Thanks for the follow up. I was saying 70 to 75 degrees, and 70 degrees
from my location puts me right where the W1FV 75 degree line passes below
the location you have identified. Interesting stuff.
On Mon, Dec 15, 2014 at 12:42 PM, Doug Grant <email@example.com> wrote:
> After some Googling and educated guessing, I have determined (and
> received confirmation of) the following:
> - It is a high-frequency surface-wave radar (HFSWR) system, developed
> by Raytheon Canada for the Canadian military. It seems to be a new
> version of the SWR503 MK2 HFSWR system. It is intended to detect ships
> up to 200 miles from a country's coast (EEZ) to protect against
> terrorists, smugglers, and unauthorized fishing vessels as well as
> locate vessels in distress. The present system has been detected at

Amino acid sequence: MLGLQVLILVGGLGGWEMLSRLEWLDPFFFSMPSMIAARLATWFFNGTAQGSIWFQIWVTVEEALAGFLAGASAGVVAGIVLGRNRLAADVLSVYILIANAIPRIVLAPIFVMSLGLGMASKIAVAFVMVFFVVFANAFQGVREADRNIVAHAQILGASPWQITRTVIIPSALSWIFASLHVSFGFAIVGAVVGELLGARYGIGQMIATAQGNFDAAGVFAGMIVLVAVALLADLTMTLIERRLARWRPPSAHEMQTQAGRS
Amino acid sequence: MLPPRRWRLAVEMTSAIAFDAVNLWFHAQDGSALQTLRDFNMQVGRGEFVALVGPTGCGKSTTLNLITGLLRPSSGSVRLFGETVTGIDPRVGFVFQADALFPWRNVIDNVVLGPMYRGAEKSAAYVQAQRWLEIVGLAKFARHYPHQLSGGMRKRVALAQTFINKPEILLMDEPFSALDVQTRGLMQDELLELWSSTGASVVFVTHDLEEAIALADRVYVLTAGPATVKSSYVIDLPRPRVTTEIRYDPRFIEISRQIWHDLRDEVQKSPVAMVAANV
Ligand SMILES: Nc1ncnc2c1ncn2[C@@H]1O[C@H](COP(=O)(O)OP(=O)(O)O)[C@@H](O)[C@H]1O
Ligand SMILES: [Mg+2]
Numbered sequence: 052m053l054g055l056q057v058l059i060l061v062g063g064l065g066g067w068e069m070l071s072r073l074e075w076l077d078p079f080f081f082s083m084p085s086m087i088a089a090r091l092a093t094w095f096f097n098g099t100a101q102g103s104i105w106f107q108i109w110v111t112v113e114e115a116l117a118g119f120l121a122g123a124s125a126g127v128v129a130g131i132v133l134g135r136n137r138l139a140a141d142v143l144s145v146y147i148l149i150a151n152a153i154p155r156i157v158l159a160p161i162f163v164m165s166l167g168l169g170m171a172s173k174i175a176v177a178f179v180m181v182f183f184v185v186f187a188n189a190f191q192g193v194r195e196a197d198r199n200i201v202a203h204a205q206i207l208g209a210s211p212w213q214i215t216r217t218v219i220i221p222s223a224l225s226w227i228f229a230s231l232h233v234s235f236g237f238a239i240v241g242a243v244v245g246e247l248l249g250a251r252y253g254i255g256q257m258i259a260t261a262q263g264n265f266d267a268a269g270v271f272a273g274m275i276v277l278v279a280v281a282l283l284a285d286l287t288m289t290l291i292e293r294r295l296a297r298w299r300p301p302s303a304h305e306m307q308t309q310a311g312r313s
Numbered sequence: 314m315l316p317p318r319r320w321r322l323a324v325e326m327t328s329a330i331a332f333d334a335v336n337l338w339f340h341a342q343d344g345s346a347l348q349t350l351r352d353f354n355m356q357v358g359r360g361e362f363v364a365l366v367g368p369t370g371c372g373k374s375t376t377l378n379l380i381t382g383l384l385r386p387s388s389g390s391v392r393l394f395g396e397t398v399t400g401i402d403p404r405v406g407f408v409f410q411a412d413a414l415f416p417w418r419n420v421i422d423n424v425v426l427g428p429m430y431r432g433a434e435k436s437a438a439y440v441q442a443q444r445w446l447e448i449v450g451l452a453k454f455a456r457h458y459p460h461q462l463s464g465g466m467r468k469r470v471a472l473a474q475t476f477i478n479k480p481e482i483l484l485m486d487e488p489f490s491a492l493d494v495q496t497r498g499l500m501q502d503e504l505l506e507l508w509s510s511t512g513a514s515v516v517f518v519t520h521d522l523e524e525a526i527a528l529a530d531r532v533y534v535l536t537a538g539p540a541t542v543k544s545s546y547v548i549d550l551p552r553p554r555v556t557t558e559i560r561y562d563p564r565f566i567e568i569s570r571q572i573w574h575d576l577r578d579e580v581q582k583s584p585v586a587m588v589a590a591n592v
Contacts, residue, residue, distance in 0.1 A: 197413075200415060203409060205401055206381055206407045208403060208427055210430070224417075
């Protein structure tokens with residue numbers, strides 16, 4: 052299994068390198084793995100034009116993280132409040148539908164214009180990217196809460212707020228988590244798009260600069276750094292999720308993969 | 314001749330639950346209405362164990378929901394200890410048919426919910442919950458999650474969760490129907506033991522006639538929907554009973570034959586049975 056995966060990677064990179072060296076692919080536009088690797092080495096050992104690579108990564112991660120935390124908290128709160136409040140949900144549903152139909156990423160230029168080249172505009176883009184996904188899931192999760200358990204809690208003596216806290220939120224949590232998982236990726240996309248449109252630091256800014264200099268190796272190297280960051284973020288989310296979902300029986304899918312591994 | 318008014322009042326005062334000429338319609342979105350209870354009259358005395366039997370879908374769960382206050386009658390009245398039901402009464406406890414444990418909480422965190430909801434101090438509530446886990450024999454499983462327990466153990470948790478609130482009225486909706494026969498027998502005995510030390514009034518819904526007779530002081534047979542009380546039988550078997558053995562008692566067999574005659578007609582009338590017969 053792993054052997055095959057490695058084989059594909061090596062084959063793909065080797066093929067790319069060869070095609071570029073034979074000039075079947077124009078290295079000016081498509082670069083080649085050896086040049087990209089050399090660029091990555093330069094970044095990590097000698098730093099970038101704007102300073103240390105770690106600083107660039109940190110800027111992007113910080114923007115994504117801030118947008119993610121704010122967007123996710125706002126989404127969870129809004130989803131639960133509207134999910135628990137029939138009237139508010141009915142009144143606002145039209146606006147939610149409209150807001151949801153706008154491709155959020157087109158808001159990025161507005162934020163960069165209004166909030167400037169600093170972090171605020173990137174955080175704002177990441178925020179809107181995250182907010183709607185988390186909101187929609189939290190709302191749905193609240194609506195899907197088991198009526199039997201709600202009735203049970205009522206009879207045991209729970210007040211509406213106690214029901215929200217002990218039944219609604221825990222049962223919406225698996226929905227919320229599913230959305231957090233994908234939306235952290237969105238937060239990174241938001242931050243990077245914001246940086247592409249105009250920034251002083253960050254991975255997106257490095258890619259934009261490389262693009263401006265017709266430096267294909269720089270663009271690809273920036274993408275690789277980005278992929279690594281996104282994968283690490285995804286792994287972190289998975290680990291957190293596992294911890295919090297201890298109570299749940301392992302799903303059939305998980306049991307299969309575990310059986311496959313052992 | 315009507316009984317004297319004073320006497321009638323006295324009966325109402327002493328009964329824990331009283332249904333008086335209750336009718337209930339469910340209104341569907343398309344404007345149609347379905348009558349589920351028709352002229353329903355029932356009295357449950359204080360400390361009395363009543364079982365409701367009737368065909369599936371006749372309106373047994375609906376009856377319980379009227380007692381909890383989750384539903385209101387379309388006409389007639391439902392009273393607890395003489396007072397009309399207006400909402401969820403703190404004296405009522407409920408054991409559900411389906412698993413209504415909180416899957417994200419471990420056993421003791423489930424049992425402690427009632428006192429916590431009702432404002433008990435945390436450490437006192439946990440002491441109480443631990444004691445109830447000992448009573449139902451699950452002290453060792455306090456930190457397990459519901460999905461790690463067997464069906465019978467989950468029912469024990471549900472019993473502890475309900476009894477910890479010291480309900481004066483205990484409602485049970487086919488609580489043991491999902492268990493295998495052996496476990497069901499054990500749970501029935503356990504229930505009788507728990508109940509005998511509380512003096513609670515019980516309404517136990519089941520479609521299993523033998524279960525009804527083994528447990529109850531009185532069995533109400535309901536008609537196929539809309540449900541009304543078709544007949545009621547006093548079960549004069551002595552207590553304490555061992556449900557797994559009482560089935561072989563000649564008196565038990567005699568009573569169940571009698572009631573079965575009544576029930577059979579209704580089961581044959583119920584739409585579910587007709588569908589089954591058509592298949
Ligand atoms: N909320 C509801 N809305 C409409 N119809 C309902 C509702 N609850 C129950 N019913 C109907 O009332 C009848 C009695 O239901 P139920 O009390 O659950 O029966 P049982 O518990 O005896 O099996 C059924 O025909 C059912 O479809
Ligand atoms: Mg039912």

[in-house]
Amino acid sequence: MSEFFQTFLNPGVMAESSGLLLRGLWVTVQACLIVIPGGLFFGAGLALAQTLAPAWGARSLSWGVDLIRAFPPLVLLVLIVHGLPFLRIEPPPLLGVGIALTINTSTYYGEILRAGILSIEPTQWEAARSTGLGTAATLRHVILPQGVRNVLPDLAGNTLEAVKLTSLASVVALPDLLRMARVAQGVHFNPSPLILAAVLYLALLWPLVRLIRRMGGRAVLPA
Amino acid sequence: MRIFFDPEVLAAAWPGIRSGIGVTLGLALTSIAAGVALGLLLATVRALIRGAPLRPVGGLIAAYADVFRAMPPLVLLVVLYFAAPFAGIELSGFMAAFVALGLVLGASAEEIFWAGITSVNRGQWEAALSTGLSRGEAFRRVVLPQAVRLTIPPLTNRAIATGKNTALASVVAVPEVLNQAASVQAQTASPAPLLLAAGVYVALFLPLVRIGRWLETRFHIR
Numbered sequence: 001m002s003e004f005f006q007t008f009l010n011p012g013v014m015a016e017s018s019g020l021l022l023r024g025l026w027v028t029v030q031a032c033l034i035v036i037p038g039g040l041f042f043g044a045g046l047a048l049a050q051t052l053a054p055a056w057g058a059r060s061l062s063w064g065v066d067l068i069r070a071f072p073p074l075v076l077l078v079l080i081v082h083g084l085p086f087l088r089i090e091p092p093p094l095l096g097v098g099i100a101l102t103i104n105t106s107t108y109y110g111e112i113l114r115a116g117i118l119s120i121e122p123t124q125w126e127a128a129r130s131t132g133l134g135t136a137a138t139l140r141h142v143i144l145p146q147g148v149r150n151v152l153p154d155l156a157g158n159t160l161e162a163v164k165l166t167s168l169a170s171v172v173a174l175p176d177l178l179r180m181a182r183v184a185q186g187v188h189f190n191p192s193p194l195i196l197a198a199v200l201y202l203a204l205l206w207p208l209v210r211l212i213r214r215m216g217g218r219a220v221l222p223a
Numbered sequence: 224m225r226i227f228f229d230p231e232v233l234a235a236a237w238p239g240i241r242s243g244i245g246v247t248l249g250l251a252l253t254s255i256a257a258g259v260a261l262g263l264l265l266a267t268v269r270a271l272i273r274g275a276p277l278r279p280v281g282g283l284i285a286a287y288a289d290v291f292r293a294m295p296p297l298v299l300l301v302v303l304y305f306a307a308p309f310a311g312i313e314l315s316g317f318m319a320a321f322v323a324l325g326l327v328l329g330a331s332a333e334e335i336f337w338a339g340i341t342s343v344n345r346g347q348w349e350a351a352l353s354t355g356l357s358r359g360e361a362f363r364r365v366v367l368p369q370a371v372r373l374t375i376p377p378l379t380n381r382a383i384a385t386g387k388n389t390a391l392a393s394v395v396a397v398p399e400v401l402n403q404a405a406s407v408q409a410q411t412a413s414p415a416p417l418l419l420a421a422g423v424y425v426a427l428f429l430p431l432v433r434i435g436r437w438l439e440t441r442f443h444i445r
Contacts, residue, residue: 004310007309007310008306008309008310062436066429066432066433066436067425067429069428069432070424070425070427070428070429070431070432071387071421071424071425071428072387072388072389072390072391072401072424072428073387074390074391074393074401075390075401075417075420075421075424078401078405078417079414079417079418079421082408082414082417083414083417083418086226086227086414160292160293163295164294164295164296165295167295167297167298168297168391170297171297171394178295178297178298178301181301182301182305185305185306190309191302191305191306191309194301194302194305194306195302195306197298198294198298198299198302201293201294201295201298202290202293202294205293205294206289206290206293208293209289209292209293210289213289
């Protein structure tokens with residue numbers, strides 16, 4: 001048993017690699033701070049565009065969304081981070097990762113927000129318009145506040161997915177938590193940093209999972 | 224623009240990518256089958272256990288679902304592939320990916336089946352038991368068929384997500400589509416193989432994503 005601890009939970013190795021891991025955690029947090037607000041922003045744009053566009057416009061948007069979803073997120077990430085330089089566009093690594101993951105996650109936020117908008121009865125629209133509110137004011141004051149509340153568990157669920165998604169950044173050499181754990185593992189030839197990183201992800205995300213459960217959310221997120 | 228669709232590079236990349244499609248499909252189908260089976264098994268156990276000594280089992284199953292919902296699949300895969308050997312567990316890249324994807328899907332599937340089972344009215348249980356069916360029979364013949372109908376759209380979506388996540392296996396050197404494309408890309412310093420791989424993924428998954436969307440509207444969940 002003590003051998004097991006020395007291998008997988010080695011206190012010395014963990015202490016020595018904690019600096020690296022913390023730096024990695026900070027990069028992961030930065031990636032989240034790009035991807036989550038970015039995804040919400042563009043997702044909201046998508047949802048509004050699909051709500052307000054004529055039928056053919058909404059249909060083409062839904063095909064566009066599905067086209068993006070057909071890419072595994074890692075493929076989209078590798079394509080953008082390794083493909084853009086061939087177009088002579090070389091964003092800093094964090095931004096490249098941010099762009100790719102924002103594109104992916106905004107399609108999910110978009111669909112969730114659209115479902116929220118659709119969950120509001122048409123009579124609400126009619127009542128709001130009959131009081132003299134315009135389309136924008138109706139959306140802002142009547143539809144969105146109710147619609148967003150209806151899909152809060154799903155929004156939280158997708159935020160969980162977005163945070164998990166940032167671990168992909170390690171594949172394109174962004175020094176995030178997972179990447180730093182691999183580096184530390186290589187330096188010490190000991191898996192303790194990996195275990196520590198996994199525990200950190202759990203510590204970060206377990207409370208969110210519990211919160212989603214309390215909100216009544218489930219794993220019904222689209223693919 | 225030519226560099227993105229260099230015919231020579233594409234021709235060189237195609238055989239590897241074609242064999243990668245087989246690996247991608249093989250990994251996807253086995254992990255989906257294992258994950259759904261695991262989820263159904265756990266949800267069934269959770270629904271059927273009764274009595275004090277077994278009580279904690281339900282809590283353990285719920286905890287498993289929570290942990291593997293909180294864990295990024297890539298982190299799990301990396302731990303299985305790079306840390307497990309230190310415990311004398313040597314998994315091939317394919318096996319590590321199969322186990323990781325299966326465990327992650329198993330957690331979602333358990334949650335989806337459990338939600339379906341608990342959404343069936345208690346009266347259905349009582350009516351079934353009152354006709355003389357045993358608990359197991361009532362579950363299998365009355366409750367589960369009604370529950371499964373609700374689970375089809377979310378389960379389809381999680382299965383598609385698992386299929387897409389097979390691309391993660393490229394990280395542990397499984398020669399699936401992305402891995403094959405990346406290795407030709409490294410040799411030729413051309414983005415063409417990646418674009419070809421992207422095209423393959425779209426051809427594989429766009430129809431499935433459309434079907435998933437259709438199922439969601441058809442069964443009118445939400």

> 1915, 3250, 4400, and 5300 kHz.
> - It is located at Hartlen Point, NS, near Halifax
> (point Google Earth to 44 35 29.47 N 63 26 49.68 W )
> and if you zoom in you can see the 500M long cleared area for the
> towers and the guy anchors.
> - W1FV was pretty close with his estimate of a heading of 75 degrees
> (it is actually 67 degrees from John's QTH).
> - ARRL, RAC, and Industry Canada (Canada's FCC) have been made aware
> of the interference that this signal is causing to amateurs.
> - The frequency band 1850-2000 is a shared allocation in Canada, among
> amateur, radionavigation, and radiolocation services.
> - A previous version of this system was installed in several other regions.
> 1915 kHz is not the primary operating frequency for the system. The
> higher frequencies generally work better for the intended purpose.
> So the mystery is solved...at least as far as the source is concerned.
> Doug K1DG
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